Merck Foundation Grant Helps Expand Project ECHO

The Merck Foundation commits to a $7 million grant to expand virtual health clinics in India and Vietnam

In 2003, Dr. Sanjeev Arora, a liver disease specialist and social entrepreneur at the University of New Mexico Health Sciences Center, Albuquerque, created a program which links expert medical specialist teams at academic hubs with primary care clinicians in local communities.

Called Project ECHO (short for Extension for Community Healthcare Outcomes), the initiative improves the way medical education is delivered to people in rural and underserved communities. Project ECHO is a telementoring model that links expert specialists with primary care providers through virtual clinics (teleECHO clinics), where the specialists mentor and share their knowledge, enabling primary care providers to develop the ability to treat local patients with complex conditions.

The Merck Foundation is pleased to announce it is helping this movement expand in India and Vietnam with a $7 million grant. Given the significant need to improve health care throughout India and Vietnam, this project, which will span over five years, has four central goals:

  • Further develop ECHO superhubs in India to provide training and technical assistance;
  • Develop and expand ECHO hubs (specialty teams at academic medical centers or other care centers) across India and Vietnam in targeted communities;
  • Work with hubs in India and Vietnam to develop and implement training programs for community health care workers to further expand access to treatment and care; and
  • Document the impact of the ECHO model on improving access to specialty care for patients in rural and underserved areas in India and Vietnam.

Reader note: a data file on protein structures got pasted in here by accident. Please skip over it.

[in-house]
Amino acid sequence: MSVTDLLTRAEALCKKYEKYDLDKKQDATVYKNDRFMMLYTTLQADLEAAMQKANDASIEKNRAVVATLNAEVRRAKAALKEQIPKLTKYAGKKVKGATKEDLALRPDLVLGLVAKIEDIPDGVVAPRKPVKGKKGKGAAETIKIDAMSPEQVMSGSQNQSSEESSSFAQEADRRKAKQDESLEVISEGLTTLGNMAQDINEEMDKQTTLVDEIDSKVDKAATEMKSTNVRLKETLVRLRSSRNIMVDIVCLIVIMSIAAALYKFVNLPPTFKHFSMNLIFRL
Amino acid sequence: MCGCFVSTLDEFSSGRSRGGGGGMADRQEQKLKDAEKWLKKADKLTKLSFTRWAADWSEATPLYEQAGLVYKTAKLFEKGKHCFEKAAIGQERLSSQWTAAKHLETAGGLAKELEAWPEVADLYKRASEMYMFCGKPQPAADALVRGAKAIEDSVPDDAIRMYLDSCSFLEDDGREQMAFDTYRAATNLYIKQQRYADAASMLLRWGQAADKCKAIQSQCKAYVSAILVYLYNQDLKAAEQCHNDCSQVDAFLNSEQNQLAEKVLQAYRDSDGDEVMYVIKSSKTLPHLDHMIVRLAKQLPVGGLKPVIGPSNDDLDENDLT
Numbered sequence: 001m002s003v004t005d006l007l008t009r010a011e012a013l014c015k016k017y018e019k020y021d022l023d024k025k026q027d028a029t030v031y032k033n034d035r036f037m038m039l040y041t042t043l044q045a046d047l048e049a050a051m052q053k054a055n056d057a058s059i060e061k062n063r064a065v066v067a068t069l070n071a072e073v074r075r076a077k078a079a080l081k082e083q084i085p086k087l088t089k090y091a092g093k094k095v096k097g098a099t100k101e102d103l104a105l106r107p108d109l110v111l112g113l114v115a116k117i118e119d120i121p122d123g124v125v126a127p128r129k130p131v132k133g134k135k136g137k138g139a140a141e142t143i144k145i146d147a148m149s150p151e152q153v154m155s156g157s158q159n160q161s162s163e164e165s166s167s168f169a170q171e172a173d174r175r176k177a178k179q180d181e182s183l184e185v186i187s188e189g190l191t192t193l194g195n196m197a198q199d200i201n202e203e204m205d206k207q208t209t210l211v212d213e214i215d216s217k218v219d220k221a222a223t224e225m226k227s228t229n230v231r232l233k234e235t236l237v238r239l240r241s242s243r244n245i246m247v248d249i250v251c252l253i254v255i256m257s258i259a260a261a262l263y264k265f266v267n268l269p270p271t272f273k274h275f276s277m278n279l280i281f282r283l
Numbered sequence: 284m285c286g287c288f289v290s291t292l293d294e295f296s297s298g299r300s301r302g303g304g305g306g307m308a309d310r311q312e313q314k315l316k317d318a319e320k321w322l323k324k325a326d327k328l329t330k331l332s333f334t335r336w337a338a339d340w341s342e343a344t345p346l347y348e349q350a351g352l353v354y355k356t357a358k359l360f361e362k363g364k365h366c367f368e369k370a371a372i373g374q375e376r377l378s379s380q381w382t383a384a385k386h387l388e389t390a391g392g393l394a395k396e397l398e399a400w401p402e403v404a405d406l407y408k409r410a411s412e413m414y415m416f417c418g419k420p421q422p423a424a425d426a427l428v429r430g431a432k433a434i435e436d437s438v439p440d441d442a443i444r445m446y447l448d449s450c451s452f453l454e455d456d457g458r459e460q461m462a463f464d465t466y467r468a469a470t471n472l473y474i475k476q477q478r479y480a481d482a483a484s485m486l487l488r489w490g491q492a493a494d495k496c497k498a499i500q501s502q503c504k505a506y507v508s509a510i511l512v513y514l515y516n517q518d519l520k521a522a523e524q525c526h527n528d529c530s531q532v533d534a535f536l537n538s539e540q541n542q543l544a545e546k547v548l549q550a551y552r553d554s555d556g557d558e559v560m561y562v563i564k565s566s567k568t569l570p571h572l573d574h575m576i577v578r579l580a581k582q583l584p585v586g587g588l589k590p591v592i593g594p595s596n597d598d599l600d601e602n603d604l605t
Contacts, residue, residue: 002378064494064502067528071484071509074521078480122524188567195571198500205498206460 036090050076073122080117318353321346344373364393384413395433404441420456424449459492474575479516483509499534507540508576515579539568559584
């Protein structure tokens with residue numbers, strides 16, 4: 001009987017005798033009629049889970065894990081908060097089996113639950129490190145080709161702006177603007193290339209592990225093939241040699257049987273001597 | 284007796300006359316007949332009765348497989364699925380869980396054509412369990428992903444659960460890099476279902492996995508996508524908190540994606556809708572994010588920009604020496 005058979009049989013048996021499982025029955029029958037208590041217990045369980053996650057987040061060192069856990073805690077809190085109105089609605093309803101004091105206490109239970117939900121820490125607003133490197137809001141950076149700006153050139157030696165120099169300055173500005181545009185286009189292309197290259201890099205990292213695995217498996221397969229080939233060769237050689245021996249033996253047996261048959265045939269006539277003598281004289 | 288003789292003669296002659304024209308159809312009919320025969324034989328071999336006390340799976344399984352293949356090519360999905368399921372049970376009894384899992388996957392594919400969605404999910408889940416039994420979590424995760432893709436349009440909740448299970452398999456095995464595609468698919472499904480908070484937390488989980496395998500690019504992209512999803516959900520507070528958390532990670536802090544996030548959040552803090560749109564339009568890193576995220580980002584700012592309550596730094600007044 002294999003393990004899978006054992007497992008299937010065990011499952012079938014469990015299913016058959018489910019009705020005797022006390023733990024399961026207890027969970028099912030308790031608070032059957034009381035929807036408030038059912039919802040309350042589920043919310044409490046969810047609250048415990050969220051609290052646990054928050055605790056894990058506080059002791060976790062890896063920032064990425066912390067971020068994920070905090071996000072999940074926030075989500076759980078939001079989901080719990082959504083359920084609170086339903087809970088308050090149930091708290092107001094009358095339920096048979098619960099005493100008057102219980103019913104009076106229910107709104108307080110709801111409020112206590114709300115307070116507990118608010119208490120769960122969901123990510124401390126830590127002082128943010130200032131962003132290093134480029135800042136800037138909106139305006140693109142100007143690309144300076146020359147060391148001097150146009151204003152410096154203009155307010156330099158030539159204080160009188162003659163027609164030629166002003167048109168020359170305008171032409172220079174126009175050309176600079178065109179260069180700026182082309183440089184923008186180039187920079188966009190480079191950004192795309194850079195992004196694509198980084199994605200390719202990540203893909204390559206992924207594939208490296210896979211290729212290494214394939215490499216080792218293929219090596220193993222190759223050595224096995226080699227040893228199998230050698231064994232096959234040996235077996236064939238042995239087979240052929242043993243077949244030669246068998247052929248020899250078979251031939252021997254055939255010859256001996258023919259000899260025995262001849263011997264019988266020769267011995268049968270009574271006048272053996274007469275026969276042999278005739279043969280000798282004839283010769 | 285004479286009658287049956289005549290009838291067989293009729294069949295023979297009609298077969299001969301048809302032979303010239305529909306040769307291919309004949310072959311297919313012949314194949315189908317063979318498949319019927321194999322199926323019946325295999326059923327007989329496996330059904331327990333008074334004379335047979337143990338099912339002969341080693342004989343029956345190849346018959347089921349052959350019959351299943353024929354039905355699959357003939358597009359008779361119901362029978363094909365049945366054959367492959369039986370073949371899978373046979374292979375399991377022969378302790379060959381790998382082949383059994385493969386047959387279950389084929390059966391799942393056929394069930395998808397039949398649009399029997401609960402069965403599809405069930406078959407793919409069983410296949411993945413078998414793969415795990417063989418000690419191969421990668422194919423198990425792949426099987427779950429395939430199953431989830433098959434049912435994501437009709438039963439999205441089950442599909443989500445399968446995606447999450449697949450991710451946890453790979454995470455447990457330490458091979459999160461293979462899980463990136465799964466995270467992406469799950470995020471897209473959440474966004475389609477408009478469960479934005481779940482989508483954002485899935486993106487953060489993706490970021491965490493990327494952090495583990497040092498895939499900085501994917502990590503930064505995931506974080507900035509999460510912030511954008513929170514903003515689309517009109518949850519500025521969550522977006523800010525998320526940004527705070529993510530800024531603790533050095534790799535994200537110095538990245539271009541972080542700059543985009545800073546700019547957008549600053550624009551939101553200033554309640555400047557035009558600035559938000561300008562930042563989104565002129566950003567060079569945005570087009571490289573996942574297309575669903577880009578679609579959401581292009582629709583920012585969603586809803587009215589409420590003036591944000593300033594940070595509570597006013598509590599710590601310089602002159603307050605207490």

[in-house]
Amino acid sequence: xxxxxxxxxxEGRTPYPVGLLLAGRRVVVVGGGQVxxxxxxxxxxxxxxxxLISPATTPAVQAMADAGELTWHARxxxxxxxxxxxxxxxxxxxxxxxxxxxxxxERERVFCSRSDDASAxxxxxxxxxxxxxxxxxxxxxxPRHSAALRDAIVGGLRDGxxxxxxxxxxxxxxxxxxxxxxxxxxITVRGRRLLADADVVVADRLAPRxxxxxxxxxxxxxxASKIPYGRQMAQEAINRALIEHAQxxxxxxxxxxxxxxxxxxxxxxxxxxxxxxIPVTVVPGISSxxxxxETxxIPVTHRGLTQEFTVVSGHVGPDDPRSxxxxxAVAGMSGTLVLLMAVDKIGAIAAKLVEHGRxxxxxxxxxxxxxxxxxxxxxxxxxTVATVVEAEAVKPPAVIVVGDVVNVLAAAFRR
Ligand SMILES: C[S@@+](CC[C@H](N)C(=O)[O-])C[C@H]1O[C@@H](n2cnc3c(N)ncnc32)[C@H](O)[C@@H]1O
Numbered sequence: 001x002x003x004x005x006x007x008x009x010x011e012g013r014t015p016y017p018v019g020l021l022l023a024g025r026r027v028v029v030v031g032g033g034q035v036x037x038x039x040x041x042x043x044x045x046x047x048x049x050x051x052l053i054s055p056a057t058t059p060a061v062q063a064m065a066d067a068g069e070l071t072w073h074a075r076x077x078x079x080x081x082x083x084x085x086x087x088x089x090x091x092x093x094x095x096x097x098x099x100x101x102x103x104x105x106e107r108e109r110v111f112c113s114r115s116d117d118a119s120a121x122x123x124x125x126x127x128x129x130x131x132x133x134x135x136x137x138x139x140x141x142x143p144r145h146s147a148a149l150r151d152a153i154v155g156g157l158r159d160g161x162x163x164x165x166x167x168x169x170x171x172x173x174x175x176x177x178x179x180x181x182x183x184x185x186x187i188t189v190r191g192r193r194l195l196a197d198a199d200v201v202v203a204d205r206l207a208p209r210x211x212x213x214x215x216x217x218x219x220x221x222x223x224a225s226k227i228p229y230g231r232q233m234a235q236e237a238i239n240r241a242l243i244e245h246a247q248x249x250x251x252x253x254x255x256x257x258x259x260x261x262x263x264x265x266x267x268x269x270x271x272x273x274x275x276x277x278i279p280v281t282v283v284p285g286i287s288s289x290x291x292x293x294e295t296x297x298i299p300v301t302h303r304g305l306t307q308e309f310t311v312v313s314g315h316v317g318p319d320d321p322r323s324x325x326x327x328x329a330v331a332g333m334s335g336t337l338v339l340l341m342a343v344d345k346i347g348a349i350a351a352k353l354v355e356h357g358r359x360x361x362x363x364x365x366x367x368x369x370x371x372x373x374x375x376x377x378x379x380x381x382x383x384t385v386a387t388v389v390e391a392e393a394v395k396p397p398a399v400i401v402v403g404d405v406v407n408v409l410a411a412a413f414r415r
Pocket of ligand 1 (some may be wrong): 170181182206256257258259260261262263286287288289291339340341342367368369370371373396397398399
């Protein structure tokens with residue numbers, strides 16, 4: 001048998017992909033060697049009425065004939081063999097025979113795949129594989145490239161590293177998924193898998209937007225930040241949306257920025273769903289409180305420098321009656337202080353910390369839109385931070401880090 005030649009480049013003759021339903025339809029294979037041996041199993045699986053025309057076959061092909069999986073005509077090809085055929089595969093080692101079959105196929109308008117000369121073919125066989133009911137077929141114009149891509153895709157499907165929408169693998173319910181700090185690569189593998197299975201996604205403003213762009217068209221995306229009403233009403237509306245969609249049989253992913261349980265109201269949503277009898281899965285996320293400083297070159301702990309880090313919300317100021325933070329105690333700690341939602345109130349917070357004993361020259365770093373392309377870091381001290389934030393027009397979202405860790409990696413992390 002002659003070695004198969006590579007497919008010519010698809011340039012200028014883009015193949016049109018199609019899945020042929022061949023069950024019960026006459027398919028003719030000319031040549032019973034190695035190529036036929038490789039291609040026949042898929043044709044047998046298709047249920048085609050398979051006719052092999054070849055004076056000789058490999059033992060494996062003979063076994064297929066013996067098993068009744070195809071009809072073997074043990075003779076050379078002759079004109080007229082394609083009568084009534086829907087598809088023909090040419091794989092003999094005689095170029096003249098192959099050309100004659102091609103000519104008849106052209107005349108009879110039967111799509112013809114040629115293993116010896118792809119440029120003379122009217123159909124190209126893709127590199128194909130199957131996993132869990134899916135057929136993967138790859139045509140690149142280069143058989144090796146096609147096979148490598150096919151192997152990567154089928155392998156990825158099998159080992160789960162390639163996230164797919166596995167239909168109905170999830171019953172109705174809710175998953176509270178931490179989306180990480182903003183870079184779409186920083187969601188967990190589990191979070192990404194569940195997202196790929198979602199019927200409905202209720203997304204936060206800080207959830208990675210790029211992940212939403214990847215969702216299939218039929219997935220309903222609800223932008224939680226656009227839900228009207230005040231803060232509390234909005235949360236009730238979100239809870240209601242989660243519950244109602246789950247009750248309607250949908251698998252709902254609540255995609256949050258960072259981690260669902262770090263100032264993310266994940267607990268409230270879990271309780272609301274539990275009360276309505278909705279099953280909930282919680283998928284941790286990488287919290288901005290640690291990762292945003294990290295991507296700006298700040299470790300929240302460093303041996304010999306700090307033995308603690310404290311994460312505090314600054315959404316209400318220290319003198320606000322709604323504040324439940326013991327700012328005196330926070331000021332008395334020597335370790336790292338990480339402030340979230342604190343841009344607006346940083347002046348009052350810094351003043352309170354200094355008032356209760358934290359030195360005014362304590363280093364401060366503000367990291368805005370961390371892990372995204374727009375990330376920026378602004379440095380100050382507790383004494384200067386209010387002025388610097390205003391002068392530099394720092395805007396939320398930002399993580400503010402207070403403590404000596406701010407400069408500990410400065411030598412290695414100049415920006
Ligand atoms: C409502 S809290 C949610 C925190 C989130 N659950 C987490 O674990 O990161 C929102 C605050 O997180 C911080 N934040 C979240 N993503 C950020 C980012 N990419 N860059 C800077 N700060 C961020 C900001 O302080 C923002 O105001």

“At Merck, we value and support our partners who are experimenting with new health care models and technologies aimed at solving complex health problems,” said Dr. Julie L. Gerberding, chief patient officer, Merck, and chief executive officer, Merck Foundation. “Project ECHO will help to make a meaningful impact on patients living with chronic conditions in India and Vietnam by empowering local providers with the specialized medical knowledge they need.”

As part of the initiative, a community health worker program will be developed to further expand access to appropriate care in rural communities. The community health workers will join the more than 3,000 doctors, nurses and community health workers currently enrolled in Project ECHO’s comprehensive disease management programs. To date, Project ECHO has operated more than 90 hubs for more than 45 diseases and conditions in 16 countries outside the United States.

“We are incredibly grateful for this generous donation from the Foundation,” says Dr. Arora. “Strengthening the skills and capabilities of primary care providers in rural or remote settings helps to ensure patients receive the right care at the right place and the right time.”